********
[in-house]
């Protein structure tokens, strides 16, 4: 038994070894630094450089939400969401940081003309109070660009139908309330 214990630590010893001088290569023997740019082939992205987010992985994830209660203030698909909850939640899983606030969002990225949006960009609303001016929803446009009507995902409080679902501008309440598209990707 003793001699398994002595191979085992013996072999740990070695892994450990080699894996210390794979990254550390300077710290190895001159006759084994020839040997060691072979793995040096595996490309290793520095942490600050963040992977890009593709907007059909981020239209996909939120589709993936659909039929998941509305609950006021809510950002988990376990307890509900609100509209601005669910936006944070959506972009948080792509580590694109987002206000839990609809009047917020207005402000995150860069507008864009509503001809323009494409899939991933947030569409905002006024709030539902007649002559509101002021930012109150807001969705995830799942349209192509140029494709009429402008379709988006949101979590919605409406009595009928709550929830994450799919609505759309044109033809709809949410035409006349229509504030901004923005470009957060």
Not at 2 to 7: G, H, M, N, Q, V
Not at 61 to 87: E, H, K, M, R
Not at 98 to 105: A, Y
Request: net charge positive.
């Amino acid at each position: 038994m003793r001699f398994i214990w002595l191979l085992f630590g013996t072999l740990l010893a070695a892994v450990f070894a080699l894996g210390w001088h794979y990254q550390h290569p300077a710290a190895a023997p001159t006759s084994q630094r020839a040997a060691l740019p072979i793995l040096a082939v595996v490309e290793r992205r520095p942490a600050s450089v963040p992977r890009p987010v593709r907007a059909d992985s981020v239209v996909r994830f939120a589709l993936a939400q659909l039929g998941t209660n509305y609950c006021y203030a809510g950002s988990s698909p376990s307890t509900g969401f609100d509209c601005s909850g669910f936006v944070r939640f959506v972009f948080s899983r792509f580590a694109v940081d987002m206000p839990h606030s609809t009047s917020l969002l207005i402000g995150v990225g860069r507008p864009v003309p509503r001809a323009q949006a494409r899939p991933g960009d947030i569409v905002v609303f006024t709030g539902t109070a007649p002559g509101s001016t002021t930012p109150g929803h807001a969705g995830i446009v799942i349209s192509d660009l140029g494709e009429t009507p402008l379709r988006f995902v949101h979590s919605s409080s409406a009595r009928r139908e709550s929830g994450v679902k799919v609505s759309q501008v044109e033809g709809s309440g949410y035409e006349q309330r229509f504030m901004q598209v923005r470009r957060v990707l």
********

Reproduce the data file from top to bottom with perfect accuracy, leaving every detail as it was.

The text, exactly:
[in-house]
């Protein structure tokens, strides 16, 4: 038994070894630094450089939400969401940081003309109070660009139908309330 214990630590010893001088290569023997740019082939992205987010992985994830209660203030698909909850939640899983606030969002990225949006960009609303001016929803446009009507995902409080679902501008309440598209990707 003793001699398994002595191979085992013996072999740990070695892994450990080699894996210390794979990254550390300077710290190895001159006759084994020839040997060691072979793995040096595996490309290793520095942490600050963040992977890009593709907007059909981020239209996909939120589709993936659909039929998941509305609950006021809510950002988990376990307890509900609100509209601005669910936006944070959506972009948080792509580590694109987002206000839990609809009047917020207005402000995150860069507008864009509503001809323009494409899939991933947030569409905002006024709030539902007649002559509101002021930012109150807001969705995830799942349209192509140029494709009429402008379709988006949101979590919605409406009595009928709550929830994450799919609505759309044109033809709809949410035409006349229509504030901004923005470009957060």
Not at 2 to 7: G, H, M, N, Q, V
Not at 61 to 87: E, H, K, M, R
Not at 98 to 105: A, Y
Request: net charge positive.
């Amino acid at each position: 038994m003793r001699f398994i214990w002595l191979l085992f630590g013996t072999l740990l010893a070695a892994v450990f070894a080699l894996g210390w001088h794979y990254q550390h290569p300077a710290a190895a023997p001159t006759s084994q630094r020839a040997a060691l740019p072979i793995l040096a082939v595996v490309e290793r992205r520095p942490a600050s450089v963040p992977r890009p987010v593709r907007a059909d992985s981020v239209v996909r994830f939120a589709l993936a939400q659909l039929g998941t209660n509305y609950c006021y203030a809510g950002s988990s698909p376990s307890t509900g969401f609100d509209c601005s909850g669910f936006v944070r939640f959506v972009f948080s899983r792509f580590a694109v940081d987002m206000p839990h606030s609809t009047s917020l969002l207005i402000g995150v990225g860069r507008p864009v003309p509503r001809a323009q949006a494409r899939p991933g960009d947030i569409v905002v609303f006024t709030g539902t109070a007649p002559g509101s001016t002021t930012p109150g929803h807001a969705g995830i446009v799942i349209s192509d660009l140029g494709e009429t009507p402008l379709r988006f995902v949101h979590s919605s409080s409406a009595r009928r139908e709550s929830g994450v679902k799919v609505s759309q501008v044109e033809g709809s309440g949410y035409e006349q309330r229509f504030m901004q598209v923005r470009r957060v990707l």